Inc introduced a larger, souped-up Kindle electronic reader on Wednesday designed for students and newspaper readers, but a $489 price tag could make it too expensive for many consumers.

The Kindle DX, which has a 9.7 inch black-and-white display, is designed to be a more friendly vehicle for textbooks and newspapers, which often need a larger space to display their content effectively. The DX has about 2.5 times the surface area of the normal Kindle and costs $130 more.

Despite the popularity and buzz surrounding the Kindle brand, the DX faces challenges, analysts say. It debuts at a time when consumer spending is ebbing due to the recession.

And while it has a less-cluttered layout than the average computer screen and is easier on the eyes than a monitor, the DX provides little of the interactivity that people get on other hand-held devices. It does not offer color or touch-screen.

Super-sizing the Kindle also appears to ignore consumers' fascination with pocket-size gadgets such as Apple Inc's iPod and iPhone.

It seems like you're fighting the impulse among consumers to go to smaller, more portable ways of acquiring media, such as an iPhone or a netbook, said Alan Mutter, a technology venture capitalist and former newspaper editor who runs the newspaper business blog Reflections of a Newsosaur.


The new Kindle comes as other companies including Sony Corp experiment with digital readers as ways to get people to use -- and pay for -- traditional media, even as they spend more time online and less time on the printed page.

Amazon CEO Jeff Bezos said The New York Times, The Washington Post and The Boston Globe will start pilot programs with the DX this summer. He said five universities will do pilot programs with the reader acting as an all-in-one textbook.

The DX also allows people to read personal documents, and is touted as a way for businesspeople and others to avoid having to carry around an assortment of loose papers.

Besides making highly formatted pages easier to read, the DX has more memory, 3.3 gigabytes, which can hold up to 3,500 books versus the normal Kindle's 1,500.

But at $489, analysts questioned how many economy-conscious consumers would open their wallets for the new gadget, which weighs nearly 19 ounces.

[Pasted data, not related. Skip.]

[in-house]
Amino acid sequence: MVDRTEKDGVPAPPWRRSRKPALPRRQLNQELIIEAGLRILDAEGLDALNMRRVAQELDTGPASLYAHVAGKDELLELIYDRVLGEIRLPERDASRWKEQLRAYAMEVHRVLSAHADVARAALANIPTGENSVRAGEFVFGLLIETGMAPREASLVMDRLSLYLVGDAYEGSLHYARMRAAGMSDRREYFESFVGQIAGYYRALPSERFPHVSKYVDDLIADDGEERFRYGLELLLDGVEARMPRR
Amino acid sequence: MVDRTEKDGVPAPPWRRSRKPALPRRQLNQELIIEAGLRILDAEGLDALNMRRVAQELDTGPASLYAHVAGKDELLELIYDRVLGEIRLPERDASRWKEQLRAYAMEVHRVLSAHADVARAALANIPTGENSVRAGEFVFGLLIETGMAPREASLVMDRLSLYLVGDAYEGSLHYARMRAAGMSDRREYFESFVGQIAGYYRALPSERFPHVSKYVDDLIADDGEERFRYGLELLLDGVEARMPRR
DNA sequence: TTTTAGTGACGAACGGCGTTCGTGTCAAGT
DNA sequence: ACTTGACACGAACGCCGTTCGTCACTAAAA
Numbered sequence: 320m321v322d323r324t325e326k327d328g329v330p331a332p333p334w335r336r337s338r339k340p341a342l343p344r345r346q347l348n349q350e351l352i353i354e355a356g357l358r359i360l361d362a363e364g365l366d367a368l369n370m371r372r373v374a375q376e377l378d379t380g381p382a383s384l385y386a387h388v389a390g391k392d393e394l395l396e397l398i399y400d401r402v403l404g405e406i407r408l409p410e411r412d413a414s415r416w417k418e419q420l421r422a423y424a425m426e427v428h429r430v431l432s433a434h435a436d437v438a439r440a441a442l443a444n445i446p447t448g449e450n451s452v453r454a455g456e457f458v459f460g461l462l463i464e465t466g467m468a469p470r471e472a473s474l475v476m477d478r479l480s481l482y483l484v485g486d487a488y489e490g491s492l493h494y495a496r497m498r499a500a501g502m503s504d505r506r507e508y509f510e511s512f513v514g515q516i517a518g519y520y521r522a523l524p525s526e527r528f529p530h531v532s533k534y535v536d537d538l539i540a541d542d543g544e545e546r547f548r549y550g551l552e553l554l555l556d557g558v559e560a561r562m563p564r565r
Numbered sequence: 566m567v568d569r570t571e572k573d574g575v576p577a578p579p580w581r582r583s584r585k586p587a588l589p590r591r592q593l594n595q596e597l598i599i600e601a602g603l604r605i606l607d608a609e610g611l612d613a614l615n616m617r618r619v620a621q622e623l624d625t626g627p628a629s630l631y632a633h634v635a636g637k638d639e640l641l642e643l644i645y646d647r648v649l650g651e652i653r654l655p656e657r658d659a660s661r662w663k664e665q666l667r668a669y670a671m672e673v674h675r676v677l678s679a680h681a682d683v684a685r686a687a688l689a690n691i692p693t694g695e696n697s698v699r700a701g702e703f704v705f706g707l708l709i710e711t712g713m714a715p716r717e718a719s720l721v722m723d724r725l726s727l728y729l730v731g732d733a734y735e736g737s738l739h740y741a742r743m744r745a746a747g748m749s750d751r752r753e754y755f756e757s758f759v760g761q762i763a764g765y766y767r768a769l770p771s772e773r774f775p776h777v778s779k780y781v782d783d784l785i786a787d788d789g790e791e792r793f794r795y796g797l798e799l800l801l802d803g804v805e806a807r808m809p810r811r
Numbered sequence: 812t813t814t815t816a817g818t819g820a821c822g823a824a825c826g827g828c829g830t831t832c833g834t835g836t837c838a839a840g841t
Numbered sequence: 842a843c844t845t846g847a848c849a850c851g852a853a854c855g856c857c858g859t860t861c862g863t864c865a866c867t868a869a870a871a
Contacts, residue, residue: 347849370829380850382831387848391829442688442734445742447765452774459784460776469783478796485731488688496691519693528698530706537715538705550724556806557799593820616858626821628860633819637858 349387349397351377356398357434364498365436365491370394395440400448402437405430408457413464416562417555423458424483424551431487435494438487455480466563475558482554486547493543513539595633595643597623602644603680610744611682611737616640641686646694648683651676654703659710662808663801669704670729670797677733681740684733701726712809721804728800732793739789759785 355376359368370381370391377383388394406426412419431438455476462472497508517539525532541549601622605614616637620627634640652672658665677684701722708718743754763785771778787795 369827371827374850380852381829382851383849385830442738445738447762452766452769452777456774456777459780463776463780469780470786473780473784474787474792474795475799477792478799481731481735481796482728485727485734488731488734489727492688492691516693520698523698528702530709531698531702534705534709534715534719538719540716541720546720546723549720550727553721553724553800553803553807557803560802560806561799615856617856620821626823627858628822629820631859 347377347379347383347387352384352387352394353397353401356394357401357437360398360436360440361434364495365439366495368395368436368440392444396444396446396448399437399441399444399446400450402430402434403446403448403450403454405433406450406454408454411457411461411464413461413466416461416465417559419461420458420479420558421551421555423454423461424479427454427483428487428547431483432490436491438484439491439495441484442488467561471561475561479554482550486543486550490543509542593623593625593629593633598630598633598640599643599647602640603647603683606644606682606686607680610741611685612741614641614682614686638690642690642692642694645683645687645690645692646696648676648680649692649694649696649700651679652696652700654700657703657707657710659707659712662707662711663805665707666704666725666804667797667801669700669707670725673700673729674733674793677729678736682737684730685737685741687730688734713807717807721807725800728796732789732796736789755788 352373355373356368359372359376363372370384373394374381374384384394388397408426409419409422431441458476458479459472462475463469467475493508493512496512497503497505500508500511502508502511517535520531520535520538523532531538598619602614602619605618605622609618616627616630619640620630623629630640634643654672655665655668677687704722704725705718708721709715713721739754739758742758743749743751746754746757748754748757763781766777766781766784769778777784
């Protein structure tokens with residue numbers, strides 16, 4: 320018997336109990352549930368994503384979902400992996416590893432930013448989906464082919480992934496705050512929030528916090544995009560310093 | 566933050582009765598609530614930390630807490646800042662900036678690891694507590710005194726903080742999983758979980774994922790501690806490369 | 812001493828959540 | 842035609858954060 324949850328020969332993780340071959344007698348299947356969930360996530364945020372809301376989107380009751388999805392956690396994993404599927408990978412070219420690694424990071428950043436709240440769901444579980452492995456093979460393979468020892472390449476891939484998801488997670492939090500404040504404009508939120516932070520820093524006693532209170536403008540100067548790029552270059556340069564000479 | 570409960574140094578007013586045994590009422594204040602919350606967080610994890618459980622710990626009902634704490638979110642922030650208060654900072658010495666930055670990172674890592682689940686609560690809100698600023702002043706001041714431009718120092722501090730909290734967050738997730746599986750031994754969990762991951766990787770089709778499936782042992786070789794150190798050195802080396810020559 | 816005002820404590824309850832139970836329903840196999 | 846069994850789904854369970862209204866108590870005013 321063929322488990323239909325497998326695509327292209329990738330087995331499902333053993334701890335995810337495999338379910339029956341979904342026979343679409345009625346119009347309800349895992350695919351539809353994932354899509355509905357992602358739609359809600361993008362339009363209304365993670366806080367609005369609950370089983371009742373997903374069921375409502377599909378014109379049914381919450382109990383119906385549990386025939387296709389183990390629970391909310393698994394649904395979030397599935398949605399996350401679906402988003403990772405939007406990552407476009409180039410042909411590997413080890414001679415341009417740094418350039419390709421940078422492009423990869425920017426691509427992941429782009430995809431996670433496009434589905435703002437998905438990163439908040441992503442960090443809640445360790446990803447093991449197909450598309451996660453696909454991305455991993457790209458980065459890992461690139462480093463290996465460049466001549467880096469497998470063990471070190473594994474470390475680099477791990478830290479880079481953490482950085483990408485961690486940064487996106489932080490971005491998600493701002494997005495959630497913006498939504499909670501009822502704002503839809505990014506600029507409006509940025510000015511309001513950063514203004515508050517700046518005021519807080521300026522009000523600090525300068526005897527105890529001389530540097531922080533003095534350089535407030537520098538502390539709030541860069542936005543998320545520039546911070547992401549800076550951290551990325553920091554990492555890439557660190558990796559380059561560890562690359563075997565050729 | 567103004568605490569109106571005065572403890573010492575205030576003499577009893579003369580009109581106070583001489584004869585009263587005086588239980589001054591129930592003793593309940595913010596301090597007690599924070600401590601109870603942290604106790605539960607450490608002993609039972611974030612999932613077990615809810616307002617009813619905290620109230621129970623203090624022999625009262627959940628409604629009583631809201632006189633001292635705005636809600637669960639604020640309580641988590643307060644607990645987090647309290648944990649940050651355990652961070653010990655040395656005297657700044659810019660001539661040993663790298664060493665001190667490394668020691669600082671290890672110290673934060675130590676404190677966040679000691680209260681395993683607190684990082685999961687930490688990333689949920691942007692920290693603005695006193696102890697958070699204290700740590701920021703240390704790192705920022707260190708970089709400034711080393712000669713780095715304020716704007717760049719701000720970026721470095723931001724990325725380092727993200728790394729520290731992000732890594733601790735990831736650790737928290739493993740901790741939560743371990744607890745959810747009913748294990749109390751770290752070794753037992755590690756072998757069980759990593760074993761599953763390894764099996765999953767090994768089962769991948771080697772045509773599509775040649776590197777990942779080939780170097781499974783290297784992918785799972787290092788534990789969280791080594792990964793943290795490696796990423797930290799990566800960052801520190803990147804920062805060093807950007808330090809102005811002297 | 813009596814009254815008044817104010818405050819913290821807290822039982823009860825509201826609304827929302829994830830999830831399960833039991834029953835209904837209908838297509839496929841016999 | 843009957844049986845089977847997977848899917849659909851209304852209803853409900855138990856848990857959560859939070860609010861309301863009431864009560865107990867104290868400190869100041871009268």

It is somewhat ironic in that the device is getting more expensive as the source content that is well-suited to it is becoming more mass-market such as newspapers and textbooks, said Ross Rubin, consumer technology analyst at the NPD Group.

Amazon is quick to tout its Kindle as the future of reading -- and a sales driver for the Seattle-based giant -- but does not disclose its sales and profit breakdown, leading some analysts to view the Kindle as an interesting niche device with minor mainstream appeal.


Amazon is hoping that newspaper publishers find the Kindle DX a better way to show off their daily editions.

The New York Times and The Washington Post will offer the DX at a reduced price to readers where home delivery of those newspapers is not available.

The announcement comes hours after The New York Times concluded a series of marathon talks with The Boston Globe's biggest union to win millions of dollars in cost concessions that the Times says it needs to keep the paper alive.

Newspapers are already available on the regular Kindle. A subscription to The New York Times costs $13.99 per month, and the Washington Post and Los Angeles Times cost $9.99.

It's certainly not a game-changing move for the newspaper business at this point in time, NPD's Rubin said. E-readers are just a piece of the puzzle, he said.

Textbook publishers Cengage Learning Inc, Pearson Plc and Wiley will offer books through the Kindle store starting this summer, with others to follow.

Trials using the DX beginning this fall will be conducted at Arizona State University, Case Western Reserve University, Princeton University, Reed College and the University of Virginia's Darden School of Business, the company said.

Amazon did not disclose the price of e-textbooks, but they are likely to be at a discount to physical books.

The hand-held Kindle, updated earlier this year and only available in the United States, allows users to read books, newspapers, magazines and blogs. Like the regular Kindle, DX users will be able to get access to books that can be downloaded through the Kindle store for $9.99 in most cases.

Amazon shares ended 9 cents higher at $81.99 on the Nasdaq.

(Writing by Alexandria Sage; Editing by Derek Caney, Andre Grenon and Matthew Lewis)